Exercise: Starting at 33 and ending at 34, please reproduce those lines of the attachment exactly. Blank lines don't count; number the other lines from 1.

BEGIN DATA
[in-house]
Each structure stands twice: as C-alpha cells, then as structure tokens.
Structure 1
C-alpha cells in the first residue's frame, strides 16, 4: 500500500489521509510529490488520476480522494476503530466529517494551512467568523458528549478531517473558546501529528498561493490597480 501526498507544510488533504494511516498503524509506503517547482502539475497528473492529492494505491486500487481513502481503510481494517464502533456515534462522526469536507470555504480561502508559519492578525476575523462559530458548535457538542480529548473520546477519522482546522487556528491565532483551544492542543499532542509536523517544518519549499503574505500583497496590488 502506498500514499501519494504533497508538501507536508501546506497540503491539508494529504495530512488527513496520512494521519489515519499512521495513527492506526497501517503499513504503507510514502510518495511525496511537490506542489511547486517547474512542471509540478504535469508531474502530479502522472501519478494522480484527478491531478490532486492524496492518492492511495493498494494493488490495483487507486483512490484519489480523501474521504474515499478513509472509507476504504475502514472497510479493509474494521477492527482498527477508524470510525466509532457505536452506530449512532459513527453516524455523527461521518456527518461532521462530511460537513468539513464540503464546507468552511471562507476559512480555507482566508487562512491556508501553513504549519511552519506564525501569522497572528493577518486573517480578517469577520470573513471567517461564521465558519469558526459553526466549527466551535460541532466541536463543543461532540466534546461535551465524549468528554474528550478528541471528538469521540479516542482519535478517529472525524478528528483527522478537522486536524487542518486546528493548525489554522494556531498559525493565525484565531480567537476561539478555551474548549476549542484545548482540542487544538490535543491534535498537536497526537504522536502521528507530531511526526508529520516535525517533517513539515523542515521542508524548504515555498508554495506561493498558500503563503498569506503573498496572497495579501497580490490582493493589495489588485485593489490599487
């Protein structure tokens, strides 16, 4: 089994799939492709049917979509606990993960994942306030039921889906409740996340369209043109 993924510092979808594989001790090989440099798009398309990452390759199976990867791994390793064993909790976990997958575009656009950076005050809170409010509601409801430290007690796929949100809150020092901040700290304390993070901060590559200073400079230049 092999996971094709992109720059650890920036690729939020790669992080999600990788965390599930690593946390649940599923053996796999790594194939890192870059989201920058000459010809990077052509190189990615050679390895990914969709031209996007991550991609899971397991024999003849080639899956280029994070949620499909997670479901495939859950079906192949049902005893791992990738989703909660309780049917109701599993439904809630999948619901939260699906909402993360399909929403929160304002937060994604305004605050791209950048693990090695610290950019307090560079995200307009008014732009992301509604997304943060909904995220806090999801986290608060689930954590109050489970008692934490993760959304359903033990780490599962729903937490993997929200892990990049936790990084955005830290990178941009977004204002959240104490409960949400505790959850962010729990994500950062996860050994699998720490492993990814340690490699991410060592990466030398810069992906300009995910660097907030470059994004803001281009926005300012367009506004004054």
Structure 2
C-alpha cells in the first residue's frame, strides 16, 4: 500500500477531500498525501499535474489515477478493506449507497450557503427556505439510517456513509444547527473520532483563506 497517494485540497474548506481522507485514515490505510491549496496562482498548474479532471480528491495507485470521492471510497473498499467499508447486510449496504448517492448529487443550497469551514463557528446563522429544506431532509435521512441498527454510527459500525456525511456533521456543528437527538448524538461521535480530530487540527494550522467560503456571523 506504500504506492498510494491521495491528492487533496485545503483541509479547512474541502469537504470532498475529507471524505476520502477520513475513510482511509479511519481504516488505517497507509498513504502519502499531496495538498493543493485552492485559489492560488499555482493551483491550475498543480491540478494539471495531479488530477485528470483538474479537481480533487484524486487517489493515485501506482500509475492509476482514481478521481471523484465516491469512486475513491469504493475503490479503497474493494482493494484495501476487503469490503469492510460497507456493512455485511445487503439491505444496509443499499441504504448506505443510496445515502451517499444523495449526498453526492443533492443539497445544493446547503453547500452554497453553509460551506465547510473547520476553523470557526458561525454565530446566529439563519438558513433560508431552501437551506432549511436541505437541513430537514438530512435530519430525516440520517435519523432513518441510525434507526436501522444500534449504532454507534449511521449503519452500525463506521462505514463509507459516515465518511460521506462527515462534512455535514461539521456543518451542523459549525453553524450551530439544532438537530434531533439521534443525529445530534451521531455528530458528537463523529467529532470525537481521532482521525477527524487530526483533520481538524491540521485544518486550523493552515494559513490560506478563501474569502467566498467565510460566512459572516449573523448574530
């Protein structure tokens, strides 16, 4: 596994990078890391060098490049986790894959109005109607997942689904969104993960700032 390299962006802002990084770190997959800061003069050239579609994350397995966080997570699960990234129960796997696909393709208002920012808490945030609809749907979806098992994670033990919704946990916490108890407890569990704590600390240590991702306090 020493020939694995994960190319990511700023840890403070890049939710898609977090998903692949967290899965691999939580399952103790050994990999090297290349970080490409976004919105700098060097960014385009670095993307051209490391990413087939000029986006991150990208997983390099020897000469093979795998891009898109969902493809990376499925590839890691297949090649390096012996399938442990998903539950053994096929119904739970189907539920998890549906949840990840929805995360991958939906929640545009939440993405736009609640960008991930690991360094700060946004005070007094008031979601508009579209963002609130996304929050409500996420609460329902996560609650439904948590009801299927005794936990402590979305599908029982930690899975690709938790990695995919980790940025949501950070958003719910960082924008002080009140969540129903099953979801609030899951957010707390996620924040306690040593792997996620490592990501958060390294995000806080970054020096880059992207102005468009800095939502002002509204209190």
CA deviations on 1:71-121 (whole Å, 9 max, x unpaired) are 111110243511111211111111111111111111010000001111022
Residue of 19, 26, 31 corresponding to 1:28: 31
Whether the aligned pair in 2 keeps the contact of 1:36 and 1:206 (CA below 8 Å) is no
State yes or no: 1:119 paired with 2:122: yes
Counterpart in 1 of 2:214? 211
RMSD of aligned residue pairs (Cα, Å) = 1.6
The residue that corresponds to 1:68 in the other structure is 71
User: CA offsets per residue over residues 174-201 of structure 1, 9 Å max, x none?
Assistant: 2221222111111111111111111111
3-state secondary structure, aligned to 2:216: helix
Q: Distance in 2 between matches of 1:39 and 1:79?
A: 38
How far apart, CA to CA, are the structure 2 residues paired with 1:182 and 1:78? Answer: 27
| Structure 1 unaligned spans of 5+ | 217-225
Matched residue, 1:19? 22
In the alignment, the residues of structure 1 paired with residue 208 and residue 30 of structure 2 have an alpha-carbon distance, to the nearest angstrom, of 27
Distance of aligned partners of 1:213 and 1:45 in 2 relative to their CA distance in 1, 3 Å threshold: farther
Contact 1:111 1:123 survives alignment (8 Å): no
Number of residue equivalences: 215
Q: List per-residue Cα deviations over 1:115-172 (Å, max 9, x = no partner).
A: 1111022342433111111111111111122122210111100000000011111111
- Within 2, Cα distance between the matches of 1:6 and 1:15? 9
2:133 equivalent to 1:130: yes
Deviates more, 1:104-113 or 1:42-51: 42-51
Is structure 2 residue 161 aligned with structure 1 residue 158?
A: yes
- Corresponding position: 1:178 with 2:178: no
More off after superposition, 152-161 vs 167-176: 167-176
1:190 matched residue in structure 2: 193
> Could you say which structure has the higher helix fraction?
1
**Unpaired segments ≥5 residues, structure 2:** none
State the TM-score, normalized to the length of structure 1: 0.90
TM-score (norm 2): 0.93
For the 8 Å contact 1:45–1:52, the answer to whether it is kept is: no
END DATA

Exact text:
Is structure 2 residue 161 aligned with structure 1 residue 158?
A: yes